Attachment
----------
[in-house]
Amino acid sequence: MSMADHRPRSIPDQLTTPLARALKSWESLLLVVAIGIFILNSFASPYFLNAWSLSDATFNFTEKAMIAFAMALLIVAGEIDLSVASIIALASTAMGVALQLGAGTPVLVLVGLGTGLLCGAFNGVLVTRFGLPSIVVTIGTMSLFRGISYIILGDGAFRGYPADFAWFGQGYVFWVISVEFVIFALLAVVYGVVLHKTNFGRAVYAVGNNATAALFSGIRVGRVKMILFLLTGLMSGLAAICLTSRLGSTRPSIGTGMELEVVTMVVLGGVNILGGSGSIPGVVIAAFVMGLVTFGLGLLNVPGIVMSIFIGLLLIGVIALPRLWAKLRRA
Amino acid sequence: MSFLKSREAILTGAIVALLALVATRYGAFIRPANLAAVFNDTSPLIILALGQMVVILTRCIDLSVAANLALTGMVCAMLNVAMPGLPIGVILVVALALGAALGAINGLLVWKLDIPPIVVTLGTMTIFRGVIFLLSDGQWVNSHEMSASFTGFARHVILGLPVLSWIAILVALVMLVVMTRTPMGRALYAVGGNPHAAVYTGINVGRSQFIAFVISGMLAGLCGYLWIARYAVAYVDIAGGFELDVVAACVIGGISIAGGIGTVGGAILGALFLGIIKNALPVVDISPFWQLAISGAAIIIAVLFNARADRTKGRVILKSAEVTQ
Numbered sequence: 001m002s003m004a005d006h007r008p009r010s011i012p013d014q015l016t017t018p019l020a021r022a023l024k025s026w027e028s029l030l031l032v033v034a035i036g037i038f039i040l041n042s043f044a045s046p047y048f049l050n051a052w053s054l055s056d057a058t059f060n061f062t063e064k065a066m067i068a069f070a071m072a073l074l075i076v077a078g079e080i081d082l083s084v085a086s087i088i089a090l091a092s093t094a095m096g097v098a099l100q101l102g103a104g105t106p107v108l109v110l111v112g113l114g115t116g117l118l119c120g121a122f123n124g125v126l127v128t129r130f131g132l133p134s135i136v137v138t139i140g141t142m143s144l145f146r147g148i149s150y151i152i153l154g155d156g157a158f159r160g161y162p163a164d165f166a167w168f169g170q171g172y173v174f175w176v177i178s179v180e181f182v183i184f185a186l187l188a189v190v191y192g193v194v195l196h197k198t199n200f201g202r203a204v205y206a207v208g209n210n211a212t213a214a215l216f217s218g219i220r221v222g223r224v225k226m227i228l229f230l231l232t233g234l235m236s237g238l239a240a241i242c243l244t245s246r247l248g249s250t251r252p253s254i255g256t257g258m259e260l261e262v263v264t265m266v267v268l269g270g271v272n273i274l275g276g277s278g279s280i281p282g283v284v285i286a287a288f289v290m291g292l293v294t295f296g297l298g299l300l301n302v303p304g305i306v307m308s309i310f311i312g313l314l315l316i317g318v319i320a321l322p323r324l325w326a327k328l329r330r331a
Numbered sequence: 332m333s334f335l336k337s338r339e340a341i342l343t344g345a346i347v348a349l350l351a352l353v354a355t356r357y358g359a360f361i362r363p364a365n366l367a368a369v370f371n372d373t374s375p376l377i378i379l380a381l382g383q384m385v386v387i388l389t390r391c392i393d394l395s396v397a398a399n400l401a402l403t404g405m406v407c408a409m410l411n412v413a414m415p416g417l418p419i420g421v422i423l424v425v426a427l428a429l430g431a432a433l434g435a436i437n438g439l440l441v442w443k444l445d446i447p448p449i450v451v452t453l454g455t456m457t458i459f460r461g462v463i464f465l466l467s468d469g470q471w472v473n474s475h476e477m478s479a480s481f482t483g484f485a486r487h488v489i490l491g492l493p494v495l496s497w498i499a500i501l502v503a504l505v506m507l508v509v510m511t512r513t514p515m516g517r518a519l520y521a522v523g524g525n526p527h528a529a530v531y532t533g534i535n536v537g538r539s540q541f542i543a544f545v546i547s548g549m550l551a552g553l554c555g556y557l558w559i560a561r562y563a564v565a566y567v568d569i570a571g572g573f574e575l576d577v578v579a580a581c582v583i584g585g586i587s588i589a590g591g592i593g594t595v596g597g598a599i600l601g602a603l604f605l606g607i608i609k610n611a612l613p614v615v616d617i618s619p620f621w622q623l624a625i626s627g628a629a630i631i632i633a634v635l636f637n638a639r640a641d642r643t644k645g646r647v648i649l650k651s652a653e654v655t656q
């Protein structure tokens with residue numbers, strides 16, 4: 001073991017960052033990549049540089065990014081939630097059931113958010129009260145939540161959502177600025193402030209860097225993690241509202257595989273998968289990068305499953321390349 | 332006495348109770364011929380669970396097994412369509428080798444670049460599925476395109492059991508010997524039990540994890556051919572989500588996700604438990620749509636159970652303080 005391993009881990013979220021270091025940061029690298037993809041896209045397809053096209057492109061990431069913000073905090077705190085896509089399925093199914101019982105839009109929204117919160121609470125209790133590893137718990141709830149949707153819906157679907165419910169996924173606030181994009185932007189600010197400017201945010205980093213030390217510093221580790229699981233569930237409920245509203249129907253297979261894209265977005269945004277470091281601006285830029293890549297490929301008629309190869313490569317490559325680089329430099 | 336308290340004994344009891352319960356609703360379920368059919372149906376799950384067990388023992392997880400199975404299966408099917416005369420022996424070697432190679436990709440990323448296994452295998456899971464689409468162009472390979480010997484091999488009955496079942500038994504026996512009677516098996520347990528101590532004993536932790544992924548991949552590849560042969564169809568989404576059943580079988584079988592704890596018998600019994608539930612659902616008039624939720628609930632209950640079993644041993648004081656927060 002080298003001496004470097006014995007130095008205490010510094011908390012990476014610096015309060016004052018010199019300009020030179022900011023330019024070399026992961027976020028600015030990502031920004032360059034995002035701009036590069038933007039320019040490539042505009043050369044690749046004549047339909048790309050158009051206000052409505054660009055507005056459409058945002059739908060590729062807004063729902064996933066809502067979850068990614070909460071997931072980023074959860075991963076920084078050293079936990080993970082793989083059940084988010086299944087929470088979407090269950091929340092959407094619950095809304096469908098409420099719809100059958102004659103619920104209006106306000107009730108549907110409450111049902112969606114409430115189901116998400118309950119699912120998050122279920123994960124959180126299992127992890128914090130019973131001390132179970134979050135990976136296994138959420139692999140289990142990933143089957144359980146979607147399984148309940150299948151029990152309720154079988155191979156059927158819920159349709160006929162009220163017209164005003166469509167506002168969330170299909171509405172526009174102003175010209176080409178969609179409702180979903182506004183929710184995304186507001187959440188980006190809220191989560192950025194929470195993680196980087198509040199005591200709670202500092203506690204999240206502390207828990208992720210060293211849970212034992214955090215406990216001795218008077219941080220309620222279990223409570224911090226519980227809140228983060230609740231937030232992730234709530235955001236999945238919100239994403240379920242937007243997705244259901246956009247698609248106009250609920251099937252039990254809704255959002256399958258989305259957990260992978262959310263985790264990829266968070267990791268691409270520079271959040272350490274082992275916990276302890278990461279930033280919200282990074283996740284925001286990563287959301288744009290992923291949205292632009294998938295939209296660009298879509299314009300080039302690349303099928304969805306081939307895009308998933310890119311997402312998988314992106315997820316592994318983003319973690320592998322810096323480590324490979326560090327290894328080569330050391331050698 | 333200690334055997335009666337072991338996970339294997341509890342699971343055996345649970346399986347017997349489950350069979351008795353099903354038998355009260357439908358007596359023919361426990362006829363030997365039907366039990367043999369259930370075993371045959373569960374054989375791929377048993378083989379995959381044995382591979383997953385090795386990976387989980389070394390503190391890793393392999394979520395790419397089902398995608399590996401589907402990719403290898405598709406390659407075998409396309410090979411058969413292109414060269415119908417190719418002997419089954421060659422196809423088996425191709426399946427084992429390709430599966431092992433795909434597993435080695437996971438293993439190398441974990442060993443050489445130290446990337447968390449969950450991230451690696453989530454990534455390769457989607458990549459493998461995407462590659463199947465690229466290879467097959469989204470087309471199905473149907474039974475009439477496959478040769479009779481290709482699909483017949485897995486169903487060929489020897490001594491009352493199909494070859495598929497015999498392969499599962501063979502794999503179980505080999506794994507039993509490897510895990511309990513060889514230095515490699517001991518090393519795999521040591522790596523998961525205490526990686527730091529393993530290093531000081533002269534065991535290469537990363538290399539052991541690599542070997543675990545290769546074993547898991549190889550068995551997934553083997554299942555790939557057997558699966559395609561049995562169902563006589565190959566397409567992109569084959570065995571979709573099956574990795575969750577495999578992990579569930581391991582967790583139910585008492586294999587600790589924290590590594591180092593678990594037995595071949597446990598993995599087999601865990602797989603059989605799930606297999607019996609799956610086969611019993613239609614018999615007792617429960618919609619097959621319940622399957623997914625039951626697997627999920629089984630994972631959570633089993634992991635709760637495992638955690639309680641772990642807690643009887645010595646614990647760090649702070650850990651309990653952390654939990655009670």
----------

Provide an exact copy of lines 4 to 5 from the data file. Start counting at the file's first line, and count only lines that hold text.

Numbered sequence: 001m002s003m004a005d006h007r008p009r010s011i012p013d014q015l016t017t018p019l020a021r022a023l024k025s026w027e028s029l030l031l032v033v034a035i036g037i038f039i040l041n042s043f044a045s046p047y048f049l050n051a052w053s054l055s056d057a058t059f060n061f062t063e064k065a066m067i068a069f070a071m072a073l074l075i076v077a078g079e080i081d082l083s084v085a086s087i088i089a090l091a092s093t094a095m096g097v098a099l100q101l102g103a104g105t106p107v108l109v110l111v112g113l114g115t116g117l118l119c120g121a122f123n124g125v126l127v128t129r130f131g132l133p134s135i136v137v138t139i140g141t142m143s144l145f146r147g148i149s150y151i152i153l154g155d156g157a158f159r160g161y162p163a164d165f166a167w168f169g170q171g172y173v174f175w176v177i178s179v180e181f182v183i184f185a186l187l188a189v190v191y192g193v194v195l196h197k198t199n200f201g202r203a204v205y206a207v208g209n210n211a212t213a214a215l216f217s218g219i220r221v222g223r224v225k226m227i228l229f230l231l232t233g234l235m236s237g238l239a240a241i242c243l244t245s246r247l248g249s250t251r252p253s254i255g256t257g258m259e260l261e262v263v264t265m266v267v268l269g270g271v272n273i274l275g276g277s278g279s280i281p282g283v284v285i286a287a288f289v290m291g292l293v294t295f296g297l298g299l300l301n302v303p304g305i306v307m308s309i310f311i312g313l314l315l316i317g318v319i320a321l322p323r324l325w326a327k328l329r330r331a
Numbered sequence: 332m333s334f335l336k337s338r339e340a341i342l343t344g345a346i347v348a349l350l351a352l353v354a355t356r357y358g359a360f361i362r363p364a365n366l367a368a369v370f371n372d373t374s375p376l377i378i379l380a381l382g383q384m385v386v387i388l389t390r391c392i393d394l395s396v397a398a399n400l401a402l403t404g405m406v407c408a409m410l411n412v413a414m415p416g417l418p419i420g421v422i423l424v425v426a427l428a429l430g431a432a433l434g435a436i437n438g439l440l441v442w443k444l445d446i447p448p449i450v451v452t453l454g455t456m457t458i459f460r461g462v463i464f465l466l467s468d469g470q471w472v473n474s475h476e477m478s479a480s481f482t483g484f485a486r487h488v489i490l491g492l493p494v495l496s497w498i499a500i501l502v503a504l505v506m507l508v509v510m511t512r513t514p515m516g517r518a519l520y521a522v523g524g525n526p527h528a529a530v531y532t533g534i535n536v537g538r539s540q541f542i543a544f545v546i547s548g549m550l551a552g553l554c555g556y557l558w559i560a561r562y563a564v565a566y567v568d569i570a571g572g573f574e575l576d577v578v579a580a581c582v583i584g585g586i587s588i589a590g591g592i593g594t595v596g597g598a599i600l601g602a603l604f605l606g607i608i609k610n611a612l613p614v615v616d617i618s619p620f621w622q623l624a625i626s627g628a629a630i631i632i633a634v635l636f637n638a639r640a641d642r643t644k645g646r647v648i649l650k651s652a653e654v655t656q